A further reason to be concerned about the TPPA’s effect is the added burden it would place on Internet service providers (ISP’s) to act as copyright watchdogs. While our government has determined under law that ISP’s shouldn’t be held accountable for the copyright infringement of their clients or customers,  the TPPA would shift this responsibility to ISP’s – effectively asking them to patrol the content of those who use their service. If they don’t, they would be held liable and possibly face legal action for the copyright infringements of others. ISP’s, along with large online content service providers such as Facebook, Google and will face the consequences for what their users access while using their services. Imagine if we made NZ Post responsible for what people were posting!

Full and proper enforcement of this requirement is hugely impractical. Imagine if each photograph posted by every single user on Facebook had to be moderated to weed out copyright infringement before Facebook could host it. The same is true of YouTube, whose servers receive user content well in excess of an entire days worth of footage, every 60 seconds. Already, content providers like this have been known to remove content first (including legitimate parodies, remixes, or other ‘fair use’ creations) and ask questions later. If this becomes the habit of every service provider, the Internet could become a pretty sparse place.

Temporary copies.

The US-advanced copyright provisions would, if contained in the final agreement, threaten an open Internet. One provision in particular is the proposal that rights holders be empowered to ‘authorise or prohibit temporary electronic copies.’ This goes to the heart of challenging what the Internet is – a ‘giant sharing machine,’ because making temporary electronic copies is a fundamental way that computing works. As the Electronic Frontier Foundation point out: “Since it’s technically necessary to download a temporary version of everything we see—whether it’s content that is copyrighted, openly licensed, or in the public domain—does that mean that anyone who ever views content on their device could potentially be found guilty of infringement? Yes, that is, if the rightsholder decides to prohibit it. In this way, it can also deeply impact the cost of accessing copyrighted materials since it creates a new intricate layer of rights.”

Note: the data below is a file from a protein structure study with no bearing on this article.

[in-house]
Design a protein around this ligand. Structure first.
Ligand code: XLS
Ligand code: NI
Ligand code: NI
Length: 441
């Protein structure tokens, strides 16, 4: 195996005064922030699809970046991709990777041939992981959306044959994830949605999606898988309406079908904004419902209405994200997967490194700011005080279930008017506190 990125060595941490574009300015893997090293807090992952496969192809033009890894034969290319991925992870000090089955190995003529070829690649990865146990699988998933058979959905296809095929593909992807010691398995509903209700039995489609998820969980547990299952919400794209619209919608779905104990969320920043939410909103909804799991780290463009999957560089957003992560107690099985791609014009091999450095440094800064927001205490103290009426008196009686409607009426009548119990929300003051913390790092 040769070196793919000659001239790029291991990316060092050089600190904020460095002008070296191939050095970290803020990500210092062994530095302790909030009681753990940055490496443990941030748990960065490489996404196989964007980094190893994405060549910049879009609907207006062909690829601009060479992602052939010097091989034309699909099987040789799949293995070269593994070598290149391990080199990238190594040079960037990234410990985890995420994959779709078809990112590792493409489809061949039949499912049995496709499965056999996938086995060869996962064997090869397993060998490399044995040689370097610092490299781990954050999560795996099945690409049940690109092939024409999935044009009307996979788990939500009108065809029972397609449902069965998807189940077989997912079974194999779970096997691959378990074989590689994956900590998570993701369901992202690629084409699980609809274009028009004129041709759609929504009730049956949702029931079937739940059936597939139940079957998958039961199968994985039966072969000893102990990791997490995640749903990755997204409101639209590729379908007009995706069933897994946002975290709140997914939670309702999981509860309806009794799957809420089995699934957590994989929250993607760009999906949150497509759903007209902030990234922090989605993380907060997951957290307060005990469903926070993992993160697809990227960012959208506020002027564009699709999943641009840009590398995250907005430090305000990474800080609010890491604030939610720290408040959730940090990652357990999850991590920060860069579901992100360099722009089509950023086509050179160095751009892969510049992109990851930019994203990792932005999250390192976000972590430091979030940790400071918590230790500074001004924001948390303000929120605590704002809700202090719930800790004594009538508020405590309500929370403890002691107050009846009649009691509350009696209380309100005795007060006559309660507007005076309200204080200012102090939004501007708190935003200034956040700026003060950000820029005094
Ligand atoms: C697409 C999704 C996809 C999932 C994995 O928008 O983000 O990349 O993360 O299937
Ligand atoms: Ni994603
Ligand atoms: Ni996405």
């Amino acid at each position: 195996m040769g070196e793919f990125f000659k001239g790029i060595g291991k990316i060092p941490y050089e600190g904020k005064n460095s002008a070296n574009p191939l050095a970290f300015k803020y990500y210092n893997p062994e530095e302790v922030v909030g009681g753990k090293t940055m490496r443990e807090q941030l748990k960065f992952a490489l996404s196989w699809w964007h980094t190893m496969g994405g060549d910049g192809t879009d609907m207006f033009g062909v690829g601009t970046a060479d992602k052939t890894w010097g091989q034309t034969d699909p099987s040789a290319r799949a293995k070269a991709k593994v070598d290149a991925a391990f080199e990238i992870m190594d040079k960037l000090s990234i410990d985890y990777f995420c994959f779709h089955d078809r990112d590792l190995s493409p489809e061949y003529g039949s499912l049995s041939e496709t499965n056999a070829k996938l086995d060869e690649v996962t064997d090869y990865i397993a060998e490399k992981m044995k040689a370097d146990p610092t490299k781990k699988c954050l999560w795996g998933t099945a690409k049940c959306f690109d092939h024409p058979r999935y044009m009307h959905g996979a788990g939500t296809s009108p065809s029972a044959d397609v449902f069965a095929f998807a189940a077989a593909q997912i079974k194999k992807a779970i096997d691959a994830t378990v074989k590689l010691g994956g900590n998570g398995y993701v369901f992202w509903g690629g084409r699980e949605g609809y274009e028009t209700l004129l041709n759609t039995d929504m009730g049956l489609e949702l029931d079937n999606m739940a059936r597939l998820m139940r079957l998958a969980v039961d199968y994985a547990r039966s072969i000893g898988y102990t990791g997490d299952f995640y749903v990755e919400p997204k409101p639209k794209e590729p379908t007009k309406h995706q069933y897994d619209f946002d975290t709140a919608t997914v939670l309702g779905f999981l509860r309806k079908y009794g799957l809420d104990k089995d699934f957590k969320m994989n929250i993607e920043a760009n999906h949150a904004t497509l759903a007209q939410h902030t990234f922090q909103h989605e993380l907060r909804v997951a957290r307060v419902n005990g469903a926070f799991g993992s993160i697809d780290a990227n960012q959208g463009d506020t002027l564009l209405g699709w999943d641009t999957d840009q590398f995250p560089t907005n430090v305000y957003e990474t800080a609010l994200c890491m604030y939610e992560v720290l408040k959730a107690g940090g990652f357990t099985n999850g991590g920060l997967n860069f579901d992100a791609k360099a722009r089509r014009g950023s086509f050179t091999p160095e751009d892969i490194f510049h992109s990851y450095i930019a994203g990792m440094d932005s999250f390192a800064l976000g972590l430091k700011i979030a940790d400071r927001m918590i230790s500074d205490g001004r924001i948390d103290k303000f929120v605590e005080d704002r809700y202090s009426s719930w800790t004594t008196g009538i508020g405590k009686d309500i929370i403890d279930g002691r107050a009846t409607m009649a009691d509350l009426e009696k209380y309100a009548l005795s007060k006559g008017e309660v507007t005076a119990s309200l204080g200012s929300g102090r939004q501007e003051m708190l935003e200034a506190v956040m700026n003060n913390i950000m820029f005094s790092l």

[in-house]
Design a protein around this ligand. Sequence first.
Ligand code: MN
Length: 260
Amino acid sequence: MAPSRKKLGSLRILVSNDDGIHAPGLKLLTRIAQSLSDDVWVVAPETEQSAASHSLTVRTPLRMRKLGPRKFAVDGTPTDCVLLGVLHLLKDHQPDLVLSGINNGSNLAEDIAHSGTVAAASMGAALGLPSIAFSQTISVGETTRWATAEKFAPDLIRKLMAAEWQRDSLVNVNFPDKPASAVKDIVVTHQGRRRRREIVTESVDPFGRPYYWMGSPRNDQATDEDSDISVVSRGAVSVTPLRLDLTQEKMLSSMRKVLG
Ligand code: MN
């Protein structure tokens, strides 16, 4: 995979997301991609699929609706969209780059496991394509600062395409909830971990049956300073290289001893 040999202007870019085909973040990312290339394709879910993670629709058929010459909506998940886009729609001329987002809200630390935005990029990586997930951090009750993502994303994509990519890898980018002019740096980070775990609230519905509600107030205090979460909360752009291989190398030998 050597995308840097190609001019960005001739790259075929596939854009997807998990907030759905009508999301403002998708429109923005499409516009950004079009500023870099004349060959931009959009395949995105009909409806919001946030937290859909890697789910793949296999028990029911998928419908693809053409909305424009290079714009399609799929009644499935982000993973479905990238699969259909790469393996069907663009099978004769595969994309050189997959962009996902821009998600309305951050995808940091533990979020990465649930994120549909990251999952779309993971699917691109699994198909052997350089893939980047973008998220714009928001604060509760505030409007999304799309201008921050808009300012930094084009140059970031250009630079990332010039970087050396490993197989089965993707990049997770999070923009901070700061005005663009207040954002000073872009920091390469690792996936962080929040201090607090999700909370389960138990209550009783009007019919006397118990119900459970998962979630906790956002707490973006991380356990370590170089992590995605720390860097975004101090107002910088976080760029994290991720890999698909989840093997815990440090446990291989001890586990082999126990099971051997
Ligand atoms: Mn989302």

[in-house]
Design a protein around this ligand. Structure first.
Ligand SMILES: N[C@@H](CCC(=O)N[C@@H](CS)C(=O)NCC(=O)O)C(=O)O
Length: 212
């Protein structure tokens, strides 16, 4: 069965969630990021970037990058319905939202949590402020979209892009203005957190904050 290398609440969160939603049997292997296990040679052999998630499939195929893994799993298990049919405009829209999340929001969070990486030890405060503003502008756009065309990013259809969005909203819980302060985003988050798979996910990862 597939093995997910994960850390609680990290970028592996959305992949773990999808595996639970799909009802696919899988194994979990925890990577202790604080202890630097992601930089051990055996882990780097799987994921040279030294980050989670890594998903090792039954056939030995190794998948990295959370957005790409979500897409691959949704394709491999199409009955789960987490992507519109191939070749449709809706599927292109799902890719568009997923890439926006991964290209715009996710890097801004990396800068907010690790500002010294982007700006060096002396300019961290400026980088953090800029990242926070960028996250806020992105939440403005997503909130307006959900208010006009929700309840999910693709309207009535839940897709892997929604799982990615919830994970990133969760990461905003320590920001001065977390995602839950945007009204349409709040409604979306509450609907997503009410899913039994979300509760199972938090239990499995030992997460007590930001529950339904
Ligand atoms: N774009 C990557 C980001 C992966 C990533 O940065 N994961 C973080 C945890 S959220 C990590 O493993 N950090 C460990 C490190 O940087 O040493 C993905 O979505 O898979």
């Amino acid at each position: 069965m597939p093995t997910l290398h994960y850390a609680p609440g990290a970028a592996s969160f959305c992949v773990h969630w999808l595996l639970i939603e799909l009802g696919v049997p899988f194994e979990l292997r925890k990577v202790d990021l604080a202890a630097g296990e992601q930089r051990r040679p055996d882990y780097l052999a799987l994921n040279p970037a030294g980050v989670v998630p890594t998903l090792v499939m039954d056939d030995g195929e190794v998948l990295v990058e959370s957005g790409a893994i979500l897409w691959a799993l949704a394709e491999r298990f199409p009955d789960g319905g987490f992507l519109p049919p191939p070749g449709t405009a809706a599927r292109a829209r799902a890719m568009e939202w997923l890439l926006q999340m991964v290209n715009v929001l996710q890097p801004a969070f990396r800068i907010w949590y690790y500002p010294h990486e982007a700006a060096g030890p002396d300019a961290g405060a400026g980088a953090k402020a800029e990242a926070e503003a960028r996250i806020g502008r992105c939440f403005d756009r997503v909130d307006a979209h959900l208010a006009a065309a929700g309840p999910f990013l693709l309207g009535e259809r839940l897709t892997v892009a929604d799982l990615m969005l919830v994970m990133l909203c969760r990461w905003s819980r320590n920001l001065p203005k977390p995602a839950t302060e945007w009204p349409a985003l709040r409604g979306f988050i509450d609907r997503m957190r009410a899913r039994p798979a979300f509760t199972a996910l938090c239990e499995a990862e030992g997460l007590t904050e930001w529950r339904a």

Added protection for electronic temporary copies would undermine an open Internet, and it’s openness, whether in systems, software or technical standards, that drives innovation. The compliance costs of such temporary copyrights, and the threat of enforcement against any alleged breaches would have a chilling effect on innovation.

Technological Protection Measures.

Technological Protection Measures (TPMs) are devices or programmes designed to prevent any piece of content from being reproduced. Though TPMs are ostensibly intended to prevent copyright infringement, consumers will often want to get around TPMs to reproduce content lawfully – for example, converting an e-book to an audiobook format for the visually impaired, or a teacher taking an extract of a film for use in the classroom.

Under the leaked text, there are provisions that bypassing or circumventing a TPM will to be a criminal offence even if the work it protects is in the public domain or you want to exercise fair dealing rights like educational use or current affairs reporting. New Zealand’s current law lets us circumvent TPMs so long as we’re not doing it to infringe copyright, but this would make it all illegal limiting our access to legitimate access and use of information and content that we had already purchased. It is as if it would be illegal to break into your house if you lost your key, because in principle you were ‘circumventing’ the house’s locks.

While other concerning aspects of the TPPA like investor-state disputes and impacts on Pharmac are reasonably well-understood, it’s vital we stand up for New Zealand’s right to make its own decisions on IP and not be pressured into adopting the corporate-influenced US negotiators’ maximalist IP position. Progressive and flexible IP is crucial to economic development, education, and a thriving culture. We shouldn’t lose out on this front just to seal a deal with the US.

 

 

Published in Environment & Resource Management by Gareth Hughes on Mon, December 10th, 2012